“Where you go we’ll follow, we’ll follow, we’ll follow, because we support the U.S.!”
About 70 men and women wearing various combinations of red, white and blue were chanting in front of a wall-size screen at midtown’s Alley Katz bar Monday, watching the U.S. Women’s National Team beat Australia 3-1 in its opening match of the FIFA Women’s World Cup.
The fans were members of the Sacramento chapter of the American Outlaws, a national soccer supporters organization. Many had left work early to watch the game. Most are planning to do the same when the USWNT squares off against Sweden at 5 p.m. June 12.
While the group was enthusiastic in its support of the women’s national team, its numbers did not compare to those of a similar viewing party that the Outlaws threw for the World Cup last year, organizers said.
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It’s a trend that’s playing out in TV ratings as well. But while viewership of women’s soccer remains significantly lower than men’s, it’s growing. According to Nielsen Media Research, 3.3 million people watched Monday’s USWNT game, breaking the record for the most-watched Women’s World Cup group stage match. The previous record was 2.5 million in 1999 when the Women’s World Cup took place in the United States.
According to Joe Cook, 37, vice president of the Sacramento Outlaws, the USWNT deserves more attention – and respect. Cook cites a fundamental difference between the women’s and men’s national team: “You’ll never buy the wrong U.S. national team shirt. Do you know why? Because the women’s is the only one with two stars.”
Fans know those stars over the crest represent World Cup wins. The women’s national team is a two-time World Cup champion and ranks second in the world, behind Germany. The men’s team has never made it past the World Cup’s quarter finals.
Some soccer fans assume women’s games are less exciting. They couldn’t be more mistaken, said David Estrada, 27, forward for the Sacramento Republic FC. His girlfriend, Lauren Barnes, plays for the Seattle Reign FC, the team that is home to USWNT players Hope Solo and Megan Rapinoe.
“In places like Portland, Oregon, that has Alex Morgan, a national team player, they have something like 4,000 people show up to watch games,” Estrada said, referring to the Portland Thorns FC, the 2013 Women’s National Soccer League champions. The Thorns broke the league’s attendance record with a crowd of 19,123 fans in a 2013 match against the Houston Dash.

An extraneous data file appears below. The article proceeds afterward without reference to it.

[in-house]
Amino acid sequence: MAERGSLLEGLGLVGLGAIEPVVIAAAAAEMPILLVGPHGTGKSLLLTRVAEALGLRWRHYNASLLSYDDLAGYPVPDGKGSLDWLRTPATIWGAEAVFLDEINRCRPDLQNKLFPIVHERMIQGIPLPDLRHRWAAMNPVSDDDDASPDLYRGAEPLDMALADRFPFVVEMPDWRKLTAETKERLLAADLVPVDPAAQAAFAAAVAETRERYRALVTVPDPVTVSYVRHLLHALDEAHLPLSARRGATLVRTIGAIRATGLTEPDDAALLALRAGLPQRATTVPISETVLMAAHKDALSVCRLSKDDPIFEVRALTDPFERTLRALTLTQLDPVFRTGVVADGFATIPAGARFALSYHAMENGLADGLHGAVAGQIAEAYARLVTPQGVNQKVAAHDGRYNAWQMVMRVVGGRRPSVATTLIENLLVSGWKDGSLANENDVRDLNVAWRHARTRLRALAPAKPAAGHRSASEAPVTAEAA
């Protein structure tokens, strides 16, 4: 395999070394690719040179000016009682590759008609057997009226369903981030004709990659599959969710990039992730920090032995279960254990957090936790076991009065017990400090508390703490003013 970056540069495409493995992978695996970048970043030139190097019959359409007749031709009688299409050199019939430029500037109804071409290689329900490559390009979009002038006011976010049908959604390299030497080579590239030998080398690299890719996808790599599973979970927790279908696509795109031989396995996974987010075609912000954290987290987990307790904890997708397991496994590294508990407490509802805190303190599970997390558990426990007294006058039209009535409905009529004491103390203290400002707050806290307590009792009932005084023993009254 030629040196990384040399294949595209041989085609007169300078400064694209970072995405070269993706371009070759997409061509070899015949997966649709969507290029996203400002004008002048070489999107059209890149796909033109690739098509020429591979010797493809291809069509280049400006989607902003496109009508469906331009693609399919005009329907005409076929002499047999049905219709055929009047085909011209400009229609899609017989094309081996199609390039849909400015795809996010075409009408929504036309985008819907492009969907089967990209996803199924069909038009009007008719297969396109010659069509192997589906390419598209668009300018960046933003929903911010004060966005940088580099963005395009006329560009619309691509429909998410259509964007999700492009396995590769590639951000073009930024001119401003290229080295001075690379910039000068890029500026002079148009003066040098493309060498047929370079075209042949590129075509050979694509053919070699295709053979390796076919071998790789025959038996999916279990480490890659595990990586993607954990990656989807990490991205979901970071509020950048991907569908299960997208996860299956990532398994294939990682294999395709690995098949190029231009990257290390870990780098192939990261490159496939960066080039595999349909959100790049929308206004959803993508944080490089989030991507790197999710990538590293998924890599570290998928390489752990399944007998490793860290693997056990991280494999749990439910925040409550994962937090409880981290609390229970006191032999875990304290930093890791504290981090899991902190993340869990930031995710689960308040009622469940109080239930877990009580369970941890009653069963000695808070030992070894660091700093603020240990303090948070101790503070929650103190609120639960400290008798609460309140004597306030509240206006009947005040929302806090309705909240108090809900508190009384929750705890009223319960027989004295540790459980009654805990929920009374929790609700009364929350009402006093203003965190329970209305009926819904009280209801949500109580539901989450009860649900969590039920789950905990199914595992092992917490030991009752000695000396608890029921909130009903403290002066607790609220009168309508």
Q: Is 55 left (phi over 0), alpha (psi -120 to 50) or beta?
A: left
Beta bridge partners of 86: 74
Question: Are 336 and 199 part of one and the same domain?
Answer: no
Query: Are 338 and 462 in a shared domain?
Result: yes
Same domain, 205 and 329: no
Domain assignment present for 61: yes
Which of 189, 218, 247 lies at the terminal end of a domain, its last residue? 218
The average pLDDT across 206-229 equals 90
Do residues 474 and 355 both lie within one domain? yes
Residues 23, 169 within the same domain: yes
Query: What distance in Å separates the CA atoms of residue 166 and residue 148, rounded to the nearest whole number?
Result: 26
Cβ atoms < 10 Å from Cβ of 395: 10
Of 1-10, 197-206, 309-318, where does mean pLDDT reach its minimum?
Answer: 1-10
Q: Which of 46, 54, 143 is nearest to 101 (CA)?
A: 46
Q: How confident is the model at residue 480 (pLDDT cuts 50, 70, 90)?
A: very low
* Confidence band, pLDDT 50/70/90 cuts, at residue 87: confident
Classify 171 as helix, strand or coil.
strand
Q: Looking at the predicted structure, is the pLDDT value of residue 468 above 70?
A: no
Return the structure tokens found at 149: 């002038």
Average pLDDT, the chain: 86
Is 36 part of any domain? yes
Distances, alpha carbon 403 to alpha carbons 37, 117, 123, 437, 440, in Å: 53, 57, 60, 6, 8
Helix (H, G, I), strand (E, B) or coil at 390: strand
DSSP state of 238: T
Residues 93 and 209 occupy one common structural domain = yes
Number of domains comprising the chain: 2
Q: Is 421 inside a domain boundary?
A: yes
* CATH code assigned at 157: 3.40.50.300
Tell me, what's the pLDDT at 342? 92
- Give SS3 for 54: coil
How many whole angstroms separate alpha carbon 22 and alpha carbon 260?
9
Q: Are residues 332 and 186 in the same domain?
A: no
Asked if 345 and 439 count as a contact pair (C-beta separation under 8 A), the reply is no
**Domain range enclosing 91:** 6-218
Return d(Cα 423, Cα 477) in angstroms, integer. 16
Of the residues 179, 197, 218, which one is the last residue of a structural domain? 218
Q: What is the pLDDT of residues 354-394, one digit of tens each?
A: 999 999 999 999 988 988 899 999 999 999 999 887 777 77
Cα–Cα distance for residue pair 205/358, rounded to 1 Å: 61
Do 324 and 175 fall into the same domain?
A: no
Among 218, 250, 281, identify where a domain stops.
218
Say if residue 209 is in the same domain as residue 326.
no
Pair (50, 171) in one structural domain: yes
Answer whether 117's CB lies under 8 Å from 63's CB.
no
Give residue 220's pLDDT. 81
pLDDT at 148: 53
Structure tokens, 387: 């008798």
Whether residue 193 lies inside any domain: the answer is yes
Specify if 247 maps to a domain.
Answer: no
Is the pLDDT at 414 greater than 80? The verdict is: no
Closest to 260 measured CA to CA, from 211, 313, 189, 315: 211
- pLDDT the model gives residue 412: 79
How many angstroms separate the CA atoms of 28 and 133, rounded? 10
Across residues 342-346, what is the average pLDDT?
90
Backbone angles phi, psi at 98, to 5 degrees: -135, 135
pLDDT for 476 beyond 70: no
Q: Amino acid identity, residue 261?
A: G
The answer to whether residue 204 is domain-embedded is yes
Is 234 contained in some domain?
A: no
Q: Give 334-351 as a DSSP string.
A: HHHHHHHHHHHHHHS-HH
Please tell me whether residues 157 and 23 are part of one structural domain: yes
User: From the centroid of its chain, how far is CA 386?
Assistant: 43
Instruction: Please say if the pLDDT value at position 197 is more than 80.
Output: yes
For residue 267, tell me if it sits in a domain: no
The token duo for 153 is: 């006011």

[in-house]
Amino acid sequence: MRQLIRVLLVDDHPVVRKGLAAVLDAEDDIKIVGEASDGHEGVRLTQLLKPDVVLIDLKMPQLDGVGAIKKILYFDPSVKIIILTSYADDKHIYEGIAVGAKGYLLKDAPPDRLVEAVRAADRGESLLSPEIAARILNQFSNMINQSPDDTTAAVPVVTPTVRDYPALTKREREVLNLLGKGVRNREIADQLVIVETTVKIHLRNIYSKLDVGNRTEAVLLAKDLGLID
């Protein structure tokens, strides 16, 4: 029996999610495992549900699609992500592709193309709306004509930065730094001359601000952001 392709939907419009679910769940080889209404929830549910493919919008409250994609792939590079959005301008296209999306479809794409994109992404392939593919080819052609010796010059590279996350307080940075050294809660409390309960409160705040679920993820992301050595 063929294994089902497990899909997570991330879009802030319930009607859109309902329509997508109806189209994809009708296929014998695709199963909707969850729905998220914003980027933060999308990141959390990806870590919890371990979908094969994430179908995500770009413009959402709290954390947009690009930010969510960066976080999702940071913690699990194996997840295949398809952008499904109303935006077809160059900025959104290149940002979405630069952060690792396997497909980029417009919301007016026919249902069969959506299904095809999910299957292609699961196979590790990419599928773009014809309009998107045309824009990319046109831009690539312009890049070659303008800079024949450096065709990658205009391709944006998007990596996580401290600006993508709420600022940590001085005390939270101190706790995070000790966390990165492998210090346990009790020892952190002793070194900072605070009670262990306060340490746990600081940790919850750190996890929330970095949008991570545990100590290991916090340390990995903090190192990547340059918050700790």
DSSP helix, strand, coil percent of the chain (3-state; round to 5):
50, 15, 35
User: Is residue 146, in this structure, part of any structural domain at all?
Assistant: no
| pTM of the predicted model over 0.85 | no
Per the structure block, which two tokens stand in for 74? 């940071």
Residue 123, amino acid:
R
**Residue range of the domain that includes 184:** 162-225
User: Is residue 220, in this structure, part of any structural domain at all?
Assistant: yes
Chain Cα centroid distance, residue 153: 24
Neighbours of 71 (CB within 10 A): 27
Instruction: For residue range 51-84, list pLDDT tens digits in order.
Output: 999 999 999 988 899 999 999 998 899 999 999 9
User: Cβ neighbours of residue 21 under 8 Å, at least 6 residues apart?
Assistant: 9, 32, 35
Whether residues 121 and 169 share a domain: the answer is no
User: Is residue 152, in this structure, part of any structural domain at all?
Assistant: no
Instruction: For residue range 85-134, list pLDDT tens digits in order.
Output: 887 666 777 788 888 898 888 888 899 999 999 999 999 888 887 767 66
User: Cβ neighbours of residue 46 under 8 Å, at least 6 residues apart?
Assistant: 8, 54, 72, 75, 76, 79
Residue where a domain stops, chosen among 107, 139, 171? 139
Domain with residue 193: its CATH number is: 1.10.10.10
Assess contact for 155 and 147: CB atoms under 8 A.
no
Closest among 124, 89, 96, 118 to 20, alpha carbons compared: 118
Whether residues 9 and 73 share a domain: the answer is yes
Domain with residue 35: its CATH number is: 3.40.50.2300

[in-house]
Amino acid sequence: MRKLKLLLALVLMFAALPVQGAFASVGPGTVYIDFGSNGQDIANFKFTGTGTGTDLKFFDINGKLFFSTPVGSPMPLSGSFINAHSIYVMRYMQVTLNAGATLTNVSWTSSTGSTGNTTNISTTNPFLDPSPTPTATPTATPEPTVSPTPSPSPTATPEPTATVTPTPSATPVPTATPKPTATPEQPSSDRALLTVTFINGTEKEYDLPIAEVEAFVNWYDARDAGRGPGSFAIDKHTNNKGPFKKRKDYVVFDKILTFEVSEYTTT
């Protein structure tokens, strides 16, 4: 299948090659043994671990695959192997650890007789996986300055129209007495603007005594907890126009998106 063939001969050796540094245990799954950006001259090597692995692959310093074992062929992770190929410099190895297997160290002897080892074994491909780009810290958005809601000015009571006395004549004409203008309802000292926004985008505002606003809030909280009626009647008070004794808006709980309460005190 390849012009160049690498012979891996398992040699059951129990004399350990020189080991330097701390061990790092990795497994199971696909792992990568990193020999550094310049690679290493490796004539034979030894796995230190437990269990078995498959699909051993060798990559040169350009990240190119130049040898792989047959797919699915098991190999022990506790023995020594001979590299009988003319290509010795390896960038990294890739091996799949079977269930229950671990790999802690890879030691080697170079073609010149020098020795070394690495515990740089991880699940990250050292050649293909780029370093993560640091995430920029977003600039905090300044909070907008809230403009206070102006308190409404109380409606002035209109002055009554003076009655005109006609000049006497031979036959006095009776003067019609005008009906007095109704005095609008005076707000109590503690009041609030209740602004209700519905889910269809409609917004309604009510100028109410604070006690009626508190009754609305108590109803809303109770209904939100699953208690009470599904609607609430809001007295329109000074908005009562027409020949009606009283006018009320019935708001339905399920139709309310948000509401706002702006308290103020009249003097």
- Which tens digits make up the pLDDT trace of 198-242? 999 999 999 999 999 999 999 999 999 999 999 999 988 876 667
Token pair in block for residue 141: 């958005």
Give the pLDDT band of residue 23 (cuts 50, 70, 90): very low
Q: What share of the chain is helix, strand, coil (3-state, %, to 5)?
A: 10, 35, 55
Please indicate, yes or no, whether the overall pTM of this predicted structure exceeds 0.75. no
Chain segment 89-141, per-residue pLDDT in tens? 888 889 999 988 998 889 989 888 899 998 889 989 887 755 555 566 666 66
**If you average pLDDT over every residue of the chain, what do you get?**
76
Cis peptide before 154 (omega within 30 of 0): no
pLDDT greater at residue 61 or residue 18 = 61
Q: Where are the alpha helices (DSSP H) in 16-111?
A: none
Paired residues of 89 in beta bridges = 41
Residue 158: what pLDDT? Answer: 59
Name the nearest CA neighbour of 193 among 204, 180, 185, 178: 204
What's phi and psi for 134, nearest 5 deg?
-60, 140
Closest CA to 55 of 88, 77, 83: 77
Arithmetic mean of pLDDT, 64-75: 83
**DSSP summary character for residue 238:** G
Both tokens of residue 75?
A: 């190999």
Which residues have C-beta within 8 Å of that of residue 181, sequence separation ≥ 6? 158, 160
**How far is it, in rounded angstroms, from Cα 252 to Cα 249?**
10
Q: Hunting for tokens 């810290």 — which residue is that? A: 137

Dawn Cole, president of the Sacramento Valley Women’s Soccer League, believes that Women’s World Cup soccer fans just might be less visible than other fans. Many prefer to watch at home rather than in bars, she said.
“I don’t think it’s a lack of support,” Cole said, who is attending the Women’s World Cup in Canada. “Watching games in pubs and bars just doesn’t seem to have caught on with the women as much as the men’s games.”
Cook said that, in the end, the most important factor is recognizing that the USWNT is, without a doubt, playing beautiful soccer.
“The U.S. women have a real chance to win,” he said. “We should all be getting behind them and giving them 100 percent of our support.”
Where to watch the Women’s World Cup
Looking for a place to watch the USWNT take on Sweden on June 12? Here are four Sacramento bars airing matches. The U.S. next plays Nigeria on June 16.
▪ Alley Katz; 2019 O St.; (916) 442-2682
The bar is home to the Sacramento chapter of the American Outlaws. It has a new audio and video system, and it is roomy enough for a crowd. Most of the Outlaws-organized viewing parties offer food and drink specials.
▪ Bonn Lair; 3651 J St.; (916) 455-7155
This cozy bar with a European flair will be showing every game of the Women’s World Cup.
▪ De Vere’s; 1521 L St.; (916) 231-9947
This Irish pub boasts nine flat-screen televisions and a bunch of specials for viewing parties, most of which are put together by the Sacramento Republic FC, a partner with the pub.
▪ Zebra Club; 1900 P St.; (916) 442-3972
This dive bar with a cool atmosphere and friendly clientele opens early and shows games on a handful of televisions.